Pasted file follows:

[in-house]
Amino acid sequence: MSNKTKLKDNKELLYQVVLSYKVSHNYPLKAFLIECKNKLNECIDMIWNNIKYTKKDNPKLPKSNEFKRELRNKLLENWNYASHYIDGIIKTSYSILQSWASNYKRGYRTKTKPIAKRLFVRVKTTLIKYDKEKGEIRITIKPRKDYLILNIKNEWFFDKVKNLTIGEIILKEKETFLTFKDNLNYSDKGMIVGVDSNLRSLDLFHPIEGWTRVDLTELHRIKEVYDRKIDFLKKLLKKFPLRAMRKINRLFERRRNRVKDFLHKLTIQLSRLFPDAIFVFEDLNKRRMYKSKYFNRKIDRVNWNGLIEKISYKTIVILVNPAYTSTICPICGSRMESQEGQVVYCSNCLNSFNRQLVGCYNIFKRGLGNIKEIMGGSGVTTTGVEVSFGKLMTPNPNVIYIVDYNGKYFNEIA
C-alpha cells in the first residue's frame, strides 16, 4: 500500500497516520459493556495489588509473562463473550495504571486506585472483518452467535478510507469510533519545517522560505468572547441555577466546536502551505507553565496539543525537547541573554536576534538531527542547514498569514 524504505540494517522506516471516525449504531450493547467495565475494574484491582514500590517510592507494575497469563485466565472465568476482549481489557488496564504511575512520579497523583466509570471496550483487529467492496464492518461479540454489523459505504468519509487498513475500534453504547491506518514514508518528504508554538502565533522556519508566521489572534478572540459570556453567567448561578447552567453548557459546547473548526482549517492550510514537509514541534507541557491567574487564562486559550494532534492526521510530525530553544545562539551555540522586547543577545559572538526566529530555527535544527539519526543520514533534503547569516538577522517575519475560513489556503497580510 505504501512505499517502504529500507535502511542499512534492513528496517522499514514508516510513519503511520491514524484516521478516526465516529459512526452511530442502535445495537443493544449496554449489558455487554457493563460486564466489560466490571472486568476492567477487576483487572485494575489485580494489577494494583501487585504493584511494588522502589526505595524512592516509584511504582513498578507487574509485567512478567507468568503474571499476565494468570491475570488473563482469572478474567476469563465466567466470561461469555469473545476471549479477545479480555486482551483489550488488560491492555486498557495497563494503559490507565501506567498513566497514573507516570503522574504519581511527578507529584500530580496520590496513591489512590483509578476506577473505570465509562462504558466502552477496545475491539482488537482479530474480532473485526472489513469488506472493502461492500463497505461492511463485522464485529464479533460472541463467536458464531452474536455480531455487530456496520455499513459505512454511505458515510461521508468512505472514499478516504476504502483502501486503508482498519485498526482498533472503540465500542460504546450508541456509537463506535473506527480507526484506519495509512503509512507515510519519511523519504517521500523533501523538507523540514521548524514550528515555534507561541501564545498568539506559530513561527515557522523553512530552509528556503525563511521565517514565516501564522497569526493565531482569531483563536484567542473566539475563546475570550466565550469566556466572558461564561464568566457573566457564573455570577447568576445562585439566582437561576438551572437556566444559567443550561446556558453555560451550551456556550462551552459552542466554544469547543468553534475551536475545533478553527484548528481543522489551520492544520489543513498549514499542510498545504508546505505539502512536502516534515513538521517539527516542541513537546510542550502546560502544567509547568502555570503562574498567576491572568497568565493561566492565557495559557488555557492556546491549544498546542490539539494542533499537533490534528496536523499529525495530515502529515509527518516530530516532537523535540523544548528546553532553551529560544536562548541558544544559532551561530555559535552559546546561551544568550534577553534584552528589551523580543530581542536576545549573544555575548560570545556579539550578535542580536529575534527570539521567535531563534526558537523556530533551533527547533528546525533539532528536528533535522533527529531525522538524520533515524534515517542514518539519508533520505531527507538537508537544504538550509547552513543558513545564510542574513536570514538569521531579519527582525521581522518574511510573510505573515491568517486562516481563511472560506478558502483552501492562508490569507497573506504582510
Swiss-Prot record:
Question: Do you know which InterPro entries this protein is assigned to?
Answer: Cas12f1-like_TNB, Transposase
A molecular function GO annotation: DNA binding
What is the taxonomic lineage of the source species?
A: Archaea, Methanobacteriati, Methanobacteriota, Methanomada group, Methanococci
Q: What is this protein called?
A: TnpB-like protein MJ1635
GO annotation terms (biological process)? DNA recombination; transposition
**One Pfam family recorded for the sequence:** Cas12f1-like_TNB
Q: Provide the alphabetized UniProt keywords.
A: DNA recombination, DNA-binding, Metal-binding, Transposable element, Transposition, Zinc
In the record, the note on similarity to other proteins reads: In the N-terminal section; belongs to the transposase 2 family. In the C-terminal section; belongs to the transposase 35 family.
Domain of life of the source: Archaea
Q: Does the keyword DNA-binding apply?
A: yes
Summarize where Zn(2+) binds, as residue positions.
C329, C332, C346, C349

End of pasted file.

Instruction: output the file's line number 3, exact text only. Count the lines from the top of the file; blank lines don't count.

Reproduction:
C-alpha cells in the first residue's frame, strides 16, 4: 500500500497516520459493556495489588509473562463473550495504571486506585472483518452467535478510507469510533519545517522560505468572547441555577466546536502551505507553565496539543525537547541573554536576534538531527542547514498569514 524504505540494517522506516471516525449504531450493547467495565475494574484491582514500590517510592507494575497469563485466565472465568476482549481489557488496564504511575512520579497523583466509570471496550483487529467492496464492518461479540454489523459505504468519509487498513475500534453504547491506518514514508518528504508554538502565533522556519508566521489572534478572540459570556453567567448561578447552567453548557459546547473548526482549517492550510514537509514541534507541557491567574487564562486559550494532534492526521510530525530553544545562539551555540522586547543577545559572538526566529530555527535544527539519526543520514533534503547569516538577522517575519475560513489556503497580510 505504501512505499517502504529500507535502511542499512534492513528496517522499514514508516510513519503511520491514524484516521478516526465516529459512526452511530442502535445495537443493544449496554449489558455487554457493563460486564466489560466490571472486568476492567477487576483487572485494575489485580494489577494494583501487585504493584511494588522502589526505595524512592516509584511504582513498578507487574509485567512478567507468568503474571499476565494468570491475570488473563482469572478474567476469563465466567466470561461469555469473545476471549479477545479480555486482551483489550488488560491492555486498557495497563494503559490507565501506567498513566497514573507516570503522574504519581511527578507529584500530580496520590496513591489512590483509578476506577473505570465509562462504558466502552477496545475491539482488537482479530474480532473485526472489513469488506472493502461492500463497505461492511463485522464485529464479533460472541463467536458464531452474536455480531455487530456496520455499513459505512454511505458515510461521508468512505472514499478516504476504502483502501486503508482498519485498526482498533472503540465500542460504546450508541456509537463506535473506527480507526484506519495509512503509512507515510519519511523519504517521500523533501523538507523540514521548524514550528515555534507561541501564545498568539506559530513561527515557522523553512530552509528556503525563511521565517514565516501564522497569526493565531482569531483563536484567542473566539475563546475570550466565550469566556466572558461564561464568566457573566457564573455570577447568576445562585439566582437561576438551572437556566444559567443550561446556558453555560451550551456556550462551552459552542466554544469547543468553534475551536475545533478553527484548528481543522489551520492544520489543513498549514499542510498545504508546505505539502512536502516534515513538521517539527516542541513537546510542550502546560502544567509547568502555570503562574498567576491572568497568565493561566492565557495559557488555557492556546491549544498546542490539539494542533499537533490534528496536523499529525495530515502529515509527518516530530516532537523535540523544548528546553532553551529560544536562548541558544544559532551561530555559535552559546546561551544568550534577553534584552528589551523580543530581542536576545549573544555575548560570545556579539550578535542580536529575534527570539521567535531563534526558537523556530533551533527547533528546525533539532528536528533535522533527529531525522538524520533515524534515517542514518539519508533520505531527507538537508537544504538550509547552513543558513545564510542574513536570514538569521531579519527582525521581522518574511510573510505573515491568517486562516481563511472560506478558502483552501492562508490569507497573506504582510